The President addressed his serious remarks to youth, saying:

“This is an exciting time for the University of Nebraska. You can all take pride in this great Cornhusker team. It is a splendid thing to be champion. But a more splendid thing, I believe, is the process by which a team becomes champion — the long struggle through defeat, through doubt and despair to victory. There is satisfaction here. And for all of us, there are valuable lessons as well.”

Nixon said young people need “something positive to respond to — some high enterprise in which they can test themselves and fulfill themselves.”

He called for the imagination and idealism of youth in meeting the problems of the environment — “to preserve the good earth is a great goal.”

With many of the great cities dying, he said, Americans must do better, commenting: “Only if the American city can prosper can the American dream prevail.”

The President asked for a “new rural environment and a new rural prosperity which will not only stem the migration to urban centers but draw people back to the heartland of America.”

He also asked the young to tackle the problems of overpopulation, education, health, poverty and equal opportunity for all people.

Said the President: “There can be no generation gap in America. The destiny of this nation is not divided into yours and ours — it is one. We share it together and we are together responsible for it. There has been too much emphasis on the difference between the generations. There has been too much tendency of many of my generation to blame all of your generation for the excesses of the violent few. I believe one of America’s most priceless assets is the idealism which motivates the young people.”

President Nixon proposed: “So let us forge an alliance between generations. Let us together seek out those ways by which the commitment and compassion of one generation can be linked to the will and experience of another, so that together we can better serve America, and America better serve mankind.”

He said lowering of the voting age to 18 “could have a dramatic effect on your future and the future of America.”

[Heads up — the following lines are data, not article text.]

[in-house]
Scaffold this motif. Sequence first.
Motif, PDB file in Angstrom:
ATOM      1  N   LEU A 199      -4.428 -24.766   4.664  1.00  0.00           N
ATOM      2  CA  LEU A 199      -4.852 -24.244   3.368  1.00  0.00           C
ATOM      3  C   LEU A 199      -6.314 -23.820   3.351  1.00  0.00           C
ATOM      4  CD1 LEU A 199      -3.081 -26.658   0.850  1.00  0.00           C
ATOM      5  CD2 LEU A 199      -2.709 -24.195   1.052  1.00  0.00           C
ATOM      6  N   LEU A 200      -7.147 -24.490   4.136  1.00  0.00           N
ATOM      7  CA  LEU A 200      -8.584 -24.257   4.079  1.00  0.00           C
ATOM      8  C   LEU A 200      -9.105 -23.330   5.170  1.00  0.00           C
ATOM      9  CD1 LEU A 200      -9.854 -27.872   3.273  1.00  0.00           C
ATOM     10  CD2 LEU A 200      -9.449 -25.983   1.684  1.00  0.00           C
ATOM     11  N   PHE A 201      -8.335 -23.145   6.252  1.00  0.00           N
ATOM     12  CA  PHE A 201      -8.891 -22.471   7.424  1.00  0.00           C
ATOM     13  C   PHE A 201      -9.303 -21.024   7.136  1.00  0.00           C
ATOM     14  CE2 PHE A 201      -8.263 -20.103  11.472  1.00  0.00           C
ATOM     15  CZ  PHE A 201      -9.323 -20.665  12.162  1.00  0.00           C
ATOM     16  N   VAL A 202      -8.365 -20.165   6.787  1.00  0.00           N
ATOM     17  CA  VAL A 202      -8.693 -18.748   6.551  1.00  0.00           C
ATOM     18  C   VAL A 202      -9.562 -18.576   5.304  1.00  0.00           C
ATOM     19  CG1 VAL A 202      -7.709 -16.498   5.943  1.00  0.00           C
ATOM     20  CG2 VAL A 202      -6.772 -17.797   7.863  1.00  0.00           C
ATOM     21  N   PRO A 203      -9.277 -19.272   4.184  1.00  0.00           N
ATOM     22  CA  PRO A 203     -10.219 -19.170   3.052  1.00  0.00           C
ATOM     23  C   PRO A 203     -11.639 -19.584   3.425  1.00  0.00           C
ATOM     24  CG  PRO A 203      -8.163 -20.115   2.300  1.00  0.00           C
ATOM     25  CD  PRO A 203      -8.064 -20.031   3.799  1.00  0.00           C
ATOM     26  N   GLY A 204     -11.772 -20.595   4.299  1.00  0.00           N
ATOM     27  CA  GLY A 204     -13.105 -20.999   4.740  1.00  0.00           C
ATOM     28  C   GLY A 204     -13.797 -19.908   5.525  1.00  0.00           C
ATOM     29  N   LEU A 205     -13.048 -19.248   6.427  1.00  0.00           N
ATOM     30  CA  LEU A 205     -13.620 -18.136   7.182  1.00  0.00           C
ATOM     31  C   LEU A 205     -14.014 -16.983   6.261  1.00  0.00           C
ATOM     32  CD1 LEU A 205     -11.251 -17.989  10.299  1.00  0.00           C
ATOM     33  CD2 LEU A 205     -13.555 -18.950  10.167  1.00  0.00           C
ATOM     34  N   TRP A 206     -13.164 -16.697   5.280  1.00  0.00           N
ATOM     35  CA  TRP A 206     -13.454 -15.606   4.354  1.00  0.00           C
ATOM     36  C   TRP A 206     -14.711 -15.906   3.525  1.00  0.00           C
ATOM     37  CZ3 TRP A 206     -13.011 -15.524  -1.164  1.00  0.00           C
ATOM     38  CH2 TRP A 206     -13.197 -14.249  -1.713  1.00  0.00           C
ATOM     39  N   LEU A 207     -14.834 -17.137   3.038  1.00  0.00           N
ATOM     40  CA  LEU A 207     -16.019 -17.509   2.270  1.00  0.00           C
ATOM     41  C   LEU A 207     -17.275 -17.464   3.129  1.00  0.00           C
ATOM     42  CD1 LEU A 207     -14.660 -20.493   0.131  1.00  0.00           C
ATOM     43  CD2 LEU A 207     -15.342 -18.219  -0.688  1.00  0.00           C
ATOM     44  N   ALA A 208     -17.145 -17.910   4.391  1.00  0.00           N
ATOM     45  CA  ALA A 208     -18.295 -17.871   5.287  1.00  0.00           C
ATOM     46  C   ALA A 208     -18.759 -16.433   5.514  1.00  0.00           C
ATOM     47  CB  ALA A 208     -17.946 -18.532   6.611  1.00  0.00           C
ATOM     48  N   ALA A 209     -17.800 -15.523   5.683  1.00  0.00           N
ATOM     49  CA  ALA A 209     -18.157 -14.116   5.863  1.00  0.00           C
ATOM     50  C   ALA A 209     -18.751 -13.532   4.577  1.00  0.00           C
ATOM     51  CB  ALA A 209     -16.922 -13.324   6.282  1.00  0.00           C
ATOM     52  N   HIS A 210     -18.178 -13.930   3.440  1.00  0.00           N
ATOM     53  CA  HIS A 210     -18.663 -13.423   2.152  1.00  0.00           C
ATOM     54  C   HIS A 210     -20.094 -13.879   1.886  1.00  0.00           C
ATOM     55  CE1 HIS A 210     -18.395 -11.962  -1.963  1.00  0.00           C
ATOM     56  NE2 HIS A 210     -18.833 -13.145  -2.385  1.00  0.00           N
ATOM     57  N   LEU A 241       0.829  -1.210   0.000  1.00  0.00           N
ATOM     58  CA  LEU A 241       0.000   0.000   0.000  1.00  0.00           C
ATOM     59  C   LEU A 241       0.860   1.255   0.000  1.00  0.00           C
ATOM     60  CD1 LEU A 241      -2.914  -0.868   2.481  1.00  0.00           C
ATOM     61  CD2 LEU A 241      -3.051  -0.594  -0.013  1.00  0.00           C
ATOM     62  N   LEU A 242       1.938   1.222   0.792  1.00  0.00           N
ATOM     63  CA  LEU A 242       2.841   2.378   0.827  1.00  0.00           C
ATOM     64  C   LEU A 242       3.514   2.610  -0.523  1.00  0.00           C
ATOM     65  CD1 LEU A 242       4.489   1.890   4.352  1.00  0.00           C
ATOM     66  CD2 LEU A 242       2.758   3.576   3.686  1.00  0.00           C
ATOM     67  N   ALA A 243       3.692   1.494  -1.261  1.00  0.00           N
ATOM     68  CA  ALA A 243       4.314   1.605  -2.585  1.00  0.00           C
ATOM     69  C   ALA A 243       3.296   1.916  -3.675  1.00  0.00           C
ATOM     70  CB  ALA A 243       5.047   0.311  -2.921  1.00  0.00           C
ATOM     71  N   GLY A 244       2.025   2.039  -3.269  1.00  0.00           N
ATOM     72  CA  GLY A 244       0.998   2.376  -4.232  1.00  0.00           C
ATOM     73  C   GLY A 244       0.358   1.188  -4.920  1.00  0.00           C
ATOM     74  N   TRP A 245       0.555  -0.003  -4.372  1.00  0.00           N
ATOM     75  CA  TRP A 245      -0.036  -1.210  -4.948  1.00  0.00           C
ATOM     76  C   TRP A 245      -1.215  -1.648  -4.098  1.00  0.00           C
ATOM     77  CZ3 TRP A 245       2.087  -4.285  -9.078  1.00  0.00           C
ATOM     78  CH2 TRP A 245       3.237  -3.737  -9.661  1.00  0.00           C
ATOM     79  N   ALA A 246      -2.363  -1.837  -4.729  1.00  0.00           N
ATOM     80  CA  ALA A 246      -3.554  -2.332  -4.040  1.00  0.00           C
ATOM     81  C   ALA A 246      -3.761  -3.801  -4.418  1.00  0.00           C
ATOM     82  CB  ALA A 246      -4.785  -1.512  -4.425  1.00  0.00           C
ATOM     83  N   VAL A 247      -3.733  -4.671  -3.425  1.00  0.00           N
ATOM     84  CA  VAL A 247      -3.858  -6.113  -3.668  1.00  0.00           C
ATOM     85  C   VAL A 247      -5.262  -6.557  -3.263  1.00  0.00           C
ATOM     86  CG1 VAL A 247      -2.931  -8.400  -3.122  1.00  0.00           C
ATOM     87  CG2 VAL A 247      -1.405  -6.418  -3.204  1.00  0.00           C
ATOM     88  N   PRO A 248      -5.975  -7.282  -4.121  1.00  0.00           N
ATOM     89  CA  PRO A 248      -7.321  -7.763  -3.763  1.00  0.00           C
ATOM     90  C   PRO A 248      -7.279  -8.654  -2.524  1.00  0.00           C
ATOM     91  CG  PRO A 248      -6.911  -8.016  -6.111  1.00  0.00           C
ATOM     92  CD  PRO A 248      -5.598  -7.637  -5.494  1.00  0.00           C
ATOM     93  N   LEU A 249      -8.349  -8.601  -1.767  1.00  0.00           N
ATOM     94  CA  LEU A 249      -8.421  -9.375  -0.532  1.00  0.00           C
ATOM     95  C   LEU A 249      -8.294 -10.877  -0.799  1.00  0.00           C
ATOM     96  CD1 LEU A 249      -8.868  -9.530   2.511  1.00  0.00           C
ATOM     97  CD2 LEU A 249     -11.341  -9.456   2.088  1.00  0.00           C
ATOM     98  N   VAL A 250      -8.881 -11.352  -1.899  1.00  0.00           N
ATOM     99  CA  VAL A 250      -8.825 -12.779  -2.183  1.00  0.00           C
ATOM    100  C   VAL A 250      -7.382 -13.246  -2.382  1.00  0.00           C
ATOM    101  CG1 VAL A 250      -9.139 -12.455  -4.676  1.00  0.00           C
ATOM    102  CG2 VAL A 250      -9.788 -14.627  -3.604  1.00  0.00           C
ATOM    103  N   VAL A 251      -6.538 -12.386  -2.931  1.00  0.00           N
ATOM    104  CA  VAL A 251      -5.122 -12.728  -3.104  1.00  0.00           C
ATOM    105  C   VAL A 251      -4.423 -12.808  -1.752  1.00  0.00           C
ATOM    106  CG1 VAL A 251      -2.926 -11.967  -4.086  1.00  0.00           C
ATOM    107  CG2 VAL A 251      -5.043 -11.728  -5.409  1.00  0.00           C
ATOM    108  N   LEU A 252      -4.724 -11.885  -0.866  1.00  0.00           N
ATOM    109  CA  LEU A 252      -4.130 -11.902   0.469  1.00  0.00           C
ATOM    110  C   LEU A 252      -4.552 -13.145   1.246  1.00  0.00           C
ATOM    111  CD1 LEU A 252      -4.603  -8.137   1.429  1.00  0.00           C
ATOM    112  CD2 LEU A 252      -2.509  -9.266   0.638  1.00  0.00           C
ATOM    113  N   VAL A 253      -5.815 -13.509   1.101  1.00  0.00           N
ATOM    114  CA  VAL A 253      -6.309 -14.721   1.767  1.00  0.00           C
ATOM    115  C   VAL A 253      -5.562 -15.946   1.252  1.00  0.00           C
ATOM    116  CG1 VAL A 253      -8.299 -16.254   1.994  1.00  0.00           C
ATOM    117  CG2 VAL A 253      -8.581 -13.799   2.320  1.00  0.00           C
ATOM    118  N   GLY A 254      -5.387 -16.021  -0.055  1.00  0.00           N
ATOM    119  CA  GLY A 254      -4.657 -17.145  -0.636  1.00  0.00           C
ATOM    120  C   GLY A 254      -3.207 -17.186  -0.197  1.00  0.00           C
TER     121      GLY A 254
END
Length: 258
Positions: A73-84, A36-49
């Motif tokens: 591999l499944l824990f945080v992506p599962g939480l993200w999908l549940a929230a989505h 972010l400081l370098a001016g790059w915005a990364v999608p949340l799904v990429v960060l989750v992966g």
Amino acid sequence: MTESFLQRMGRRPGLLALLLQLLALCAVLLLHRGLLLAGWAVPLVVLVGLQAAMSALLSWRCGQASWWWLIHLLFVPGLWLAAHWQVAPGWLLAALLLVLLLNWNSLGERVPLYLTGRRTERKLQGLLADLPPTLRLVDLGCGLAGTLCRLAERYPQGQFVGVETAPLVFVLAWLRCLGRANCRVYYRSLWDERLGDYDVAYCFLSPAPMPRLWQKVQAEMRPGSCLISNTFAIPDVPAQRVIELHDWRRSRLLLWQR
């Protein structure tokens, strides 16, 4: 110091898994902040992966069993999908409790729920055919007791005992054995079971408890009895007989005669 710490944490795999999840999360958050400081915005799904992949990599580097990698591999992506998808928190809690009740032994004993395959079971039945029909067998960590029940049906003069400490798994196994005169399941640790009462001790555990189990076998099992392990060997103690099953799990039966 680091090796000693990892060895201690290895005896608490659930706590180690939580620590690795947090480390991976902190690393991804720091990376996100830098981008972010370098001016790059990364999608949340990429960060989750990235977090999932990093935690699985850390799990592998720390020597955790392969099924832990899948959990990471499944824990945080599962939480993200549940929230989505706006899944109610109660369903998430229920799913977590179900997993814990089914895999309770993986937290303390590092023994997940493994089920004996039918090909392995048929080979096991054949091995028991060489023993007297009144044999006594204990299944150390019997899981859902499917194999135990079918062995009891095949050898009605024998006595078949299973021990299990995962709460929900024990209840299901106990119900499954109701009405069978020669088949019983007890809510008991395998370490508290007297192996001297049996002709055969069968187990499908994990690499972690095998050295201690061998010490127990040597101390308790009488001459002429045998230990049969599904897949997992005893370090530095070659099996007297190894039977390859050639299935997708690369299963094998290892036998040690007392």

He went on: “To those who have believed the system could not be moved, I urge you to try it. To those who have thought the system impenetrable, I say there is no longer a need to penetrate. The door is open.”

The President said there will be disappointments and defeats because “no one can win all the time.” But he added: “No one can have his own way all the time and no one is right all the time. The old excuse about a world I never made will not serve any longer. You have now the opportunity and the obligation to mold the world you live in, and you cannot escape this obligation.”

Nixon presents the No. 1 college plaque to coach Bob Devaney and captains Dan Schneiss and Jerry Murtaugh. In the background is Joseph Soshnik, then head of the Lincoln campus.

President Nixon added to Nebraska's rewards for its undefeated football team with a personal congratulations and a presidential plaque proclaiming No. 1 status. In his speech later, Nixon boasted to the crowd: "You can all take pride in this great Cornhusker team."

Nixon used the 1970 Husker team as an example for the youth in attendance: "It is a splendid thing to be champions. But a more splendid thing, I believe, is the process by which a team becomes champion... For as vital as the understanding we gain in the classroom, is the deeper understanding of ourselves that comes from competing against others, competing against ourselves. In these endeavors we go beyond awareness of what we are, and discover a higher understanding of what we can be."

President Nixon shakes the hand of Husker linebacker Jerry Murtaugh, a first team All-American in 1970. Murtaugh was also the Big 8 Player of the Year, and in the national championship game against LSU, he led the team with nine tackles as the Tigers totaled 51 yards on the ground.